Utility Board Push to Remove Street Lights from LP&L Budget

On Tuesday, Lubbock Power & Light’s Electric Utility Board will discuss the idea of removing the cost of street lights from its budget. It’s a move that could save LP&L roughly $3 million per year, but that forces the City to find those funds elsewhere.
By James Clark and Victoria Price

LUBBOCK, TX -- On Tuesday Lubbock Power & Light’s Electric Utility Board will discuss the idea of removing the cost of street lights from its budget. It’s a move that could save LP&L roughly $3 million per year; but there are roadblocks. For starters the City Council has final say over the LP&L budget. Also, the city would have to pick up the cost.

“I’ve proposed this as a three-year phase in,” said EUB member Clayton Isom. “We want to cooperate with the council and do something that is feasible on their end.”

“The prevailing effort on my end is to prevent a rate increase this year,” Isom added.

A rate hike last summer was controversial to say the least. Some Lubbock residents said their bill went up $400 or more in one month.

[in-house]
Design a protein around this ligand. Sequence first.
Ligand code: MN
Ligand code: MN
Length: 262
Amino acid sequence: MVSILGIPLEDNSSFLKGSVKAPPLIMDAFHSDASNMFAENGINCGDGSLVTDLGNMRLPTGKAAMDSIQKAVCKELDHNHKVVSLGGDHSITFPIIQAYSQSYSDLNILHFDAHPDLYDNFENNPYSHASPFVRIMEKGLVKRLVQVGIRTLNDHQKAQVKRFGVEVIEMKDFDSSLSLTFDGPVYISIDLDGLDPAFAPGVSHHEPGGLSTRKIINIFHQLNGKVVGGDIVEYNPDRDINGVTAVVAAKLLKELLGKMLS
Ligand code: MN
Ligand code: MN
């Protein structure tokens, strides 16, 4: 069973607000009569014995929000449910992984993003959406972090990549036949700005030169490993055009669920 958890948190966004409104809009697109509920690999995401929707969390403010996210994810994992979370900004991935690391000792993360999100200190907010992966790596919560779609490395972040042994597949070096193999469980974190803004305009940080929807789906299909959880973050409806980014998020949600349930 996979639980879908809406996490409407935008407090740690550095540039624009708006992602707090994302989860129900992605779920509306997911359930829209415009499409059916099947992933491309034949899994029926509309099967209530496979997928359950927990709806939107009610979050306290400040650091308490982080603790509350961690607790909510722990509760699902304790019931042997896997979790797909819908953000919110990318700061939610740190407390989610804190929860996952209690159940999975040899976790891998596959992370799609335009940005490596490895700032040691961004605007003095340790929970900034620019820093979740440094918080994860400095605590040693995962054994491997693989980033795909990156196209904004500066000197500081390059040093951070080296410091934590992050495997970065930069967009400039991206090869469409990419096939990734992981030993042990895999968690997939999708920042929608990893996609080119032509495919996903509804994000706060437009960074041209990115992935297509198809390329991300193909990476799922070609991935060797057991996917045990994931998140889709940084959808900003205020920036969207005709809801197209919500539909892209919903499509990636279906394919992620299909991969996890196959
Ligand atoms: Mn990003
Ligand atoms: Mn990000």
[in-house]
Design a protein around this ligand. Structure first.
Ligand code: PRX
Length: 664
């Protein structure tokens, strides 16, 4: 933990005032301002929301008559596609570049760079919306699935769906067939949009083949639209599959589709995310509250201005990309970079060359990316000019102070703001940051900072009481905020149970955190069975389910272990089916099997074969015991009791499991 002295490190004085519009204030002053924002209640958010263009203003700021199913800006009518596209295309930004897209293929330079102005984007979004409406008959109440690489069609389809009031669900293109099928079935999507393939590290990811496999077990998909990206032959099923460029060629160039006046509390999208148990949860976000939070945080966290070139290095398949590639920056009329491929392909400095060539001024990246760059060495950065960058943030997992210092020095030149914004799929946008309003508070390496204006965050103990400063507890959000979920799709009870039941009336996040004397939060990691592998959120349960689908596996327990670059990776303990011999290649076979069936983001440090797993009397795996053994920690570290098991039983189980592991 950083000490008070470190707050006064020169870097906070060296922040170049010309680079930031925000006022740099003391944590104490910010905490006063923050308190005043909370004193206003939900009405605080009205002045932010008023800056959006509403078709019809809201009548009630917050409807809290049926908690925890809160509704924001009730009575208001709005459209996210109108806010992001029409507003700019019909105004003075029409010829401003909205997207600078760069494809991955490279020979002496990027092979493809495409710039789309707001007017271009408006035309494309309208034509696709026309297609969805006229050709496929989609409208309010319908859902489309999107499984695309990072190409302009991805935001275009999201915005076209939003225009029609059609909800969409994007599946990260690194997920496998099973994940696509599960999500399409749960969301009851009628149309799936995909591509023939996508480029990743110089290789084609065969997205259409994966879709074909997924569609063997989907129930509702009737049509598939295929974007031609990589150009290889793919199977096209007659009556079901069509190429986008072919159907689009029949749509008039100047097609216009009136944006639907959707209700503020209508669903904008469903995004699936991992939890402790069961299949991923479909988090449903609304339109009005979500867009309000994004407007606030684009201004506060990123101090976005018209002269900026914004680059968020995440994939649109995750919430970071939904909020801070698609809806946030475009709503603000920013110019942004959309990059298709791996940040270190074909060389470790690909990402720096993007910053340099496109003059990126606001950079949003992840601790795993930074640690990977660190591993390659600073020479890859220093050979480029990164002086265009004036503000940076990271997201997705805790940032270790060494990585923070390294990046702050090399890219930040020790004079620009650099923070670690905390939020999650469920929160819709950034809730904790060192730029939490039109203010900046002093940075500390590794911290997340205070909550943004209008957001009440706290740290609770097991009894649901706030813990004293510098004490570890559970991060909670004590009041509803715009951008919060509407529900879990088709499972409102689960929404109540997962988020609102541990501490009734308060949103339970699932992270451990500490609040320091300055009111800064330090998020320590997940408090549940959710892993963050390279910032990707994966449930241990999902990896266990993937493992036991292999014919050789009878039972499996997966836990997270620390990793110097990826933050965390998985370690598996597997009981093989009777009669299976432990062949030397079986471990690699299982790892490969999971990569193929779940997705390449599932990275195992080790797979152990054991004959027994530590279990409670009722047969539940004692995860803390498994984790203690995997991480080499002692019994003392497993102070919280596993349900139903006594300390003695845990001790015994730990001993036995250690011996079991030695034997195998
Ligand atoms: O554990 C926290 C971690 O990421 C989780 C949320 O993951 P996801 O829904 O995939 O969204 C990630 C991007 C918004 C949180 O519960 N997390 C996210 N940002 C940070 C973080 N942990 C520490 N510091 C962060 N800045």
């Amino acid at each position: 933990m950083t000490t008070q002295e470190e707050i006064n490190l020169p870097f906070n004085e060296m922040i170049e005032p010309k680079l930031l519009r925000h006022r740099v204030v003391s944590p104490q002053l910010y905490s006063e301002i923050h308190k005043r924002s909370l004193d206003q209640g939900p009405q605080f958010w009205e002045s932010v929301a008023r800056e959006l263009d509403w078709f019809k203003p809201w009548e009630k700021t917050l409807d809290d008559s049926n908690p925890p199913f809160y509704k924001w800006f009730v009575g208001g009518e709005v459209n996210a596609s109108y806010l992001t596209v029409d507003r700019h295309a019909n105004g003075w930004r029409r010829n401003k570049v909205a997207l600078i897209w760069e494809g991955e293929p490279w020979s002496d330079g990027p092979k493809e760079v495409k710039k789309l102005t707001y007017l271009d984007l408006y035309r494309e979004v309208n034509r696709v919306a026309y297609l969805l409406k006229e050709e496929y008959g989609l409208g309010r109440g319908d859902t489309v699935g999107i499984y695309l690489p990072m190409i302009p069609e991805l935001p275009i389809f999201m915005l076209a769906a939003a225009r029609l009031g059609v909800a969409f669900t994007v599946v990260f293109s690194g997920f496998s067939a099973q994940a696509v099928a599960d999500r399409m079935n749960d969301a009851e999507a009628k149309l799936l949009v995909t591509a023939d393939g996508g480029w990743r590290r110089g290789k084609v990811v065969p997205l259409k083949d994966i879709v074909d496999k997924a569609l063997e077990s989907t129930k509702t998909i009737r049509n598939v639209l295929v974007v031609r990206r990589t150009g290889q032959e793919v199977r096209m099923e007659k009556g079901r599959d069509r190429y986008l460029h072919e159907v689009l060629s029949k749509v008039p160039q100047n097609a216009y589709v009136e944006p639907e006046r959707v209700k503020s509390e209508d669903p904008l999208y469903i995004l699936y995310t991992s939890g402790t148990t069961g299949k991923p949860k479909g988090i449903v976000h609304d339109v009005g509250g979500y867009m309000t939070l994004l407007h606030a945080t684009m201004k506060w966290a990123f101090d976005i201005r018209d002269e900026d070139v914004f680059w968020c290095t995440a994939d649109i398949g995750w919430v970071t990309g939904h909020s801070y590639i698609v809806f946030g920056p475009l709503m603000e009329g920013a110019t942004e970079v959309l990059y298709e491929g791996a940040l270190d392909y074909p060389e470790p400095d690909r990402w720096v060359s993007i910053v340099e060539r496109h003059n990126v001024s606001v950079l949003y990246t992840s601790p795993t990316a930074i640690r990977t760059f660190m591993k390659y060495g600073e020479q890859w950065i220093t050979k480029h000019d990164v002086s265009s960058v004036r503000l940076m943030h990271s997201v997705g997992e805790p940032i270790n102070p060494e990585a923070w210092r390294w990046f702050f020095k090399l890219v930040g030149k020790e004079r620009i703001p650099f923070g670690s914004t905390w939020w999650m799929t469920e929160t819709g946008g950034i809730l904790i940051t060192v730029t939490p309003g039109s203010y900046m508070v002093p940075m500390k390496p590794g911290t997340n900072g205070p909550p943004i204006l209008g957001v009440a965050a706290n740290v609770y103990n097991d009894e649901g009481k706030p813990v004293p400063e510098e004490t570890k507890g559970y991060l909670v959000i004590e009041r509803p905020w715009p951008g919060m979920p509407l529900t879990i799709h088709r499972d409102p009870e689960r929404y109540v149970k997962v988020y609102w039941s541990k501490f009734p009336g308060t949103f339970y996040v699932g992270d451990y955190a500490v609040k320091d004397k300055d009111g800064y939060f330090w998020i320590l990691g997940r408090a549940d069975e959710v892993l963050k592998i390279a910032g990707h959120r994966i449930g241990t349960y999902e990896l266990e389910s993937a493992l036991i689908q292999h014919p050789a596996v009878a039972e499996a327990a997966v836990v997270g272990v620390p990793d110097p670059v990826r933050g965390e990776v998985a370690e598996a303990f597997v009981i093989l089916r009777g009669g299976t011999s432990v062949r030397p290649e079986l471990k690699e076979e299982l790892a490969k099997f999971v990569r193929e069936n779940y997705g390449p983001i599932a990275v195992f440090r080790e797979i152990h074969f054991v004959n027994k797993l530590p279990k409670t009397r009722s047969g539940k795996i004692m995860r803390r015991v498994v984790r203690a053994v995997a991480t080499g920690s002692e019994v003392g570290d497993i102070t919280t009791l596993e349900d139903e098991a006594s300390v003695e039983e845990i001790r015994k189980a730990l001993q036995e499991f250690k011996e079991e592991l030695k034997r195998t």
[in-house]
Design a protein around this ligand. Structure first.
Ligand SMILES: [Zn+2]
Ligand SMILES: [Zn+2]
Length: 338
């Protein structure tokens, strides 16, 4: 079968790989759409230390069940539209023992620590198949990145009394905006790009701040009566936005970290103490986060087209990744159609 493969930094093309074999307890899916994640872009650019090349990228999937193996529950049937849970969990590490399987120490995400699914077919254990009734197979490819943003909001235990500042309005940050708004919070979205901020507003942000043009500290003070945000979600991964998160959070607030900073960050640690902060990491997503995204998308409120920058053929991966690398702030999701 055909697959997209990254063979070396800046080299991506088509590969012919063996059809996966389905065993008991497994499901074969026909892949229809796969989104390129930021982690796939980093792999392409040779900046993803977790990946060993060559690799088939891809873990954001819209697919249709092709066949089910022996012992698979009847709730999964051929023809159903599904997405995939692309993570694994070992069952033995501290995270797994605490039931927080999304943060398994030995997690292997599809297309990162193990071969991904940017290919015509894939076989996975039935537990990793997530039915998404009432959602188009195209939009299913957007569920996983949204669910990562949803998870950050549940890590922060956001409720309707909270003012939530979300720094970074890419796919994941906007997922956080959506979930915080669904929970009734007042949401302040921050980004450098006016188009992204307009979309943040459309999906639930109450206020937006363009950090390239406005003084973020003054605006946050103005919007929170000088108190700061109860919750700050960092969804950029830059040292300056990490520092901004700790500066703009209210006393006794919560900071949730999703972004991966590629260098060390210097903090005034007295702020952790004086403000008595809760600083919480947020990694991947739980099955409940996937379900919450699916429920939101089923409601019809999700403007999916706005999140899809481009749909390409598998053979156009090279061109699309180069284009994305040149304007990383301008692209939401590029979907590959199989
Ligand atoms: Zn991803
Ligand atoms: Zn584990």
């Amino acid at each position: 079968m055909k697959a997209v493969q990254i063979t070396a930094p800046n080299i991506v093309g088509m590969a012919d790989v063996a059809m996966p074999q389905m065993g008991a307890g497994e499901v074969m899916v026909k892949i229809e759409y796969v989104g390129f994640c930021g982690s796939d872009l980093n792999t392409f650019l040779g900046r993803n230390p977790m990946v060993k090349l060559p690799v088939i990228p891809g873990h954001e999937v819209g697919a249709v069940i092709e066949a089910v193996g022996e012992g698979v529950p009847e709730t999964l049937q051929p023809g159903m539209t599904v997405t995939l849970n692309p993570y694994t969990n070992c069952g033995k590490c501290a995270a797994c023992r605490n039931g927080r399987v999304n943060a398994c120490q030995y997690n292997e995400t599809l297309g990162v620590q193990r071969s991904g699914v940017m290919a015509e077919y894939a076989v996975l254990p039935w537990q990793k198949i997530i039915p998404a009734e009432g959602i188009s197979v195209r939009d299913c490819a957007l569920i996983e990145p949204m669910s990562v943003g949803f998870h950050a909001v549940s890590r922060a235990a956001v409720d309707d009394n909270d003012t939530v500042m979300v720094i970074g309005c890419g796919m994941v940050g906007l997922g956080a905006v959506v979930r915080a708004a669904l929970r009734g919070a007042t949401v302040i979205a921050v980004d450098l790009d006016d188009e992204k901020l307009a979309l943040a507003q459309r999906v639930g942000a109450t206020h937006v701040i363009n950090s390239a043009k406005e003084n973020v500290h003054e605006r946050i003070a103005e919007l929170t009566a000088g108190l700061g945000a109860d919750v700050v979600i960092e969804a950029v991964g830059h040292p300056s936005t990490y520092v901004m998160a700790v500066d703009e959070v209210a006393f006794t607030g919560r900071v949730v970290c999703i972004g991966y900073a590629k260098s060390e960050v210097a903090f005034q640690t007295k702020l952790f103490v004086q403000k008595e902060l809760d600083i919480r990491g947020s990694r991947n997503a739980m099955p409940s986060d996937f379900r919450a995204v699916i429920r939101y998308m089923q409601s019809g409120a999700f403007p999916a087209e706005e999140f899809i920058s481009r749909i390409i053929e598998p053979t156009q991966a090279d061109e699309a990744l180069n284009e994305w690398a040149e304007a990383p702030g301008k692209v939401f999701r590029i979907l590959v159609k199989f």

There’s another issue. The city limits have expanded beyond the legally authorized territory of Lubbock Power & Light. That means LP&L customers are paying for the street lights in areas served by Xcel or South Plains Electric Cooperative.

“We’ve got some neighborhoods paying for the street lights in others,” said Mayor Glen Robertson. “That’s inequitable.”

Robertson agrees with the idea. But he disagrees with the timing.

“It’s premature to put this on the agenda,” Roberson said.

Mayor Robertson formed a task force earlier this year to ease tensions between LP&L and the City Council. The idea of slowly shifting the cost of street lights to the city came up in the task force.

“I’ve promoted moving it back to the city,” Robertson said.

The City Council put the cost of street lights into the LP&L budget over the objections of the EUB in 2010. While the EUB sets day-to-day policy, hires a Director and a General Counsel and recommends a budget, ultimately the City Council has final say on the budget.

Despite the tension, Isom thinks there will be a deal.

Isom said, “I haven’t heard anyone express anything but support.  But I have not spoken to the entire council.”





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